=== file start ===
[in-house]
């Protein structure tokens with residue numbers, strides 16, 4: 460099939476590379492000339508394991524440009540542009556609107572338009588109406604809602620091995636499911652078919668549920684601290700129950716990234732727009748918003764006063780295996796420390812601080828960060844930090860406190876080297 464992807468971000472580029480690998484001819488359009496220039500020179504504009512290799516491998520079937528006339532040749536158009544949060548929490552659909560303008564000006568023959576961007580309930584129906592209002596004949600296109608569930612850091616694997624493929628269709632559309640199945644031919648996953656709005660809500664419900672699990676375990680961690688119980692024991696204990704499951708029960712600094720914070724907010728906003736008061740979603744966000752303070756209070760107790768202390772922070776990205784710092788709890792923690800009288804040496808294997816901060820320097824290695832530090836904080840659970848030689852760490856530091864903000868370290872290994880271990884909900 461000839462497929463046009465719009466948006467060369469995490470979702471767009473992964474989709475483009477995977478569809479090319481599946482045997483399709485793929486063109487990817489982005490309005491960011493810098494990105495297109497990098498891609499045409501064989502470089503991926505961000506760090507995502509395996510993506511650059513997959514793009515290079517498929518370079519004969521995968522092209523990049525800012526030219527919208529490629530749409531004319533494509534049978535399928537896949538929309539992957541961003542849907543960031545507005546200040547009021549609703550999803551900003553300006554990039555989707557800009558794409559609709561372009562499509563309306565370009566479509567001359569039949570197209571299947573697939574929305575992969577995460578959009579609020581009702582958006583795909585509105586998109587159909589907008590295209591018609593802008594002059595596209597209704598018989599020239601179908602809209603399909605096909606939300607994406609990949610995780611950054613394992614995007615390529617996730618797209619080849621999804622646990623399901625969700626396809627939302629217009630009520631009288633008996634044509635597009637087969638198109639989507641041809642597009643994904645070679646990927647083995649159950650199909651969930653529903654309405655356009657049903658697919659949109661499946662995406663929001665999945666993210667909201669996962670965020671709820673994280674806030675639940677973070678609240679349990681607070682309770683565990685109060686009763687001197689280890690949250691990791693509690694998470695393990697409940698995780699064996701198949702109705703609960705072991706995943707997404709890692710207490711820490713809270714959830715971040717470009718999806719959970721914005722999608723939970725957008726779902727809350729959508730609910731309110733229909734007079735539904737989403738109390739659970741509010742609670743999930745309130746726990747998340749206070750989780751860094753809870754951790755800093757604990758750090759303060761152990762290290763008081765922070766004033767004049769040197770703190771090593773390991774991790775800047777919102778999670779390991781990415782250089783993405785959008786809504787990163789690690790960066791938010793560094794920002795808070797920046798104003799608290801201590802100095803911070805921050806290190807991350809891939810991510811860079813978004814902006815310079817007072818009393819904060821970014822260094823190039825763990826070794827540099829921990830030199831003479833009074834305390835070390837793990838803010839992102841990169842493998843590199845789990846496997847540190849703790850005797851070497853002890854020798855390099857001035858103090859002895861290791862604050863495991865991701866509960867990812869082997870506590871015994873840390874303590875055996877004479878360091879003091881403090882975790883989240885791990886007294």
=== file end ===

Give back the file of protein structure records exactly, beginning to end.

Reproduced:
[in-house]
């Protein structure tokens with residue numbers, strides 16, 4: 460099939476590379492000339508394991524440009540542009556609107572338009588109406604809602620091995636499911652078919668549920684601290700129950716990234732727009748918003764006063780295996796420390812601080828960060844930090860406190876080297 464992807468971000472580029480690998484001819488359009496220039500020179504504009512290799516491998520079937528006339532040749536158009544949060548929490552659909560303008564000006568023959576961007580309930584129906592209002596004949600296109608569930612850091616694997624493929628269709632559309640199945644031919648996953656709005660809500664419900672699990676375990680961690688119980692024991696204990704499951708029960712600094720914070724907010728906003736008061740979603744966000752303070756209070760107790768202390772922070776990205784710092788709890792923690800009288804040496808294997816901060820320097824290695832530090836904080840659970848030689852760490856530091864903000868370290872290994880271990884909900 461000839462497929463046009465719009466948006467060369469995490470979702471767009473992964474989709475483009477995977478569809479090319481599946482045997483399709485793929486063109487990817489982005490309005491960011493810098494990105495297109497990098498891609499045409501064989502470089503991926505961000506760090507995502509395996510993506511650059513997959514793009515290079517498929518370079519004969521995968522092209523990049525800012526030219527919208529490629530749409531004319533494509534049978535399928537896949538929309539992957541961003542849907543960031545507005546200040547009021549609703550999803551900003553300006554990039555989707557800009558794409559609709561372009562499509563309306565370009566479509567001359569039949570197209571299947573697939574929305575992969577995460578959009579609020581009702582958006583795909585509105586998109587159909589907008590295209591018609593802008594002059595596209597209704598018989599020239601179908602809209603399909605096909606939300607994406609990949610995780611950054613394992614995007615390529617996730618797209619080849621999804622646990623399901625969700626396809627939302629217009630009520631009288633008996634044509635597009637087969638198109639989507641041809642597009643994904645070679646990927647083995649159950650199909651969930653529903654309405655356009657049903658697919659949109661499946662995406663929001665999945666993210667909201669996962670965020671709820673994280674806030675639940677973070678609240679349990681607070682309770683565990685109060686009763687001197689280890690949250691990791693509690694998470695393990697409940698995780699064996701198949702109705703609960705072991706995943707997404709890692710207490711820490713809270714959830715971040717470009718999806719959970721914005722999608723939970725957008726779902727809350729959508730609910731309110733229909734007079735539904737989403738109390739659970741509010742609670743999930745309130746726990747998340749206070750989780751860094753809870754951790755800093757604990758750090759303060761152990762290290763008081765922070766004033767004049769040197770703190771090593773390991774991790775800047777919102778999670779390991781990415782250089783993405785959008786809504787990163789690690790960066791938010793560094794920002795808070797920046798104003799608290801201590802100095803911070805921050806290190807991350809891939810991510811860079813978004814902006815310079817007072818009393819904060821970014822260094823190039825763990826070794827540099829921990830030199831003479833009074834305390835070390837793990838803010839992102841990169842493998843590199845789990846496997847540190849703790850005797851070497853002890854020798855390099857001035858103090859002895861290791862604050863495991865991701866509960867990812869082997870506590871015994873840390874303590875055996877004479878360091879003091881403090882975790883989240885791990886007294």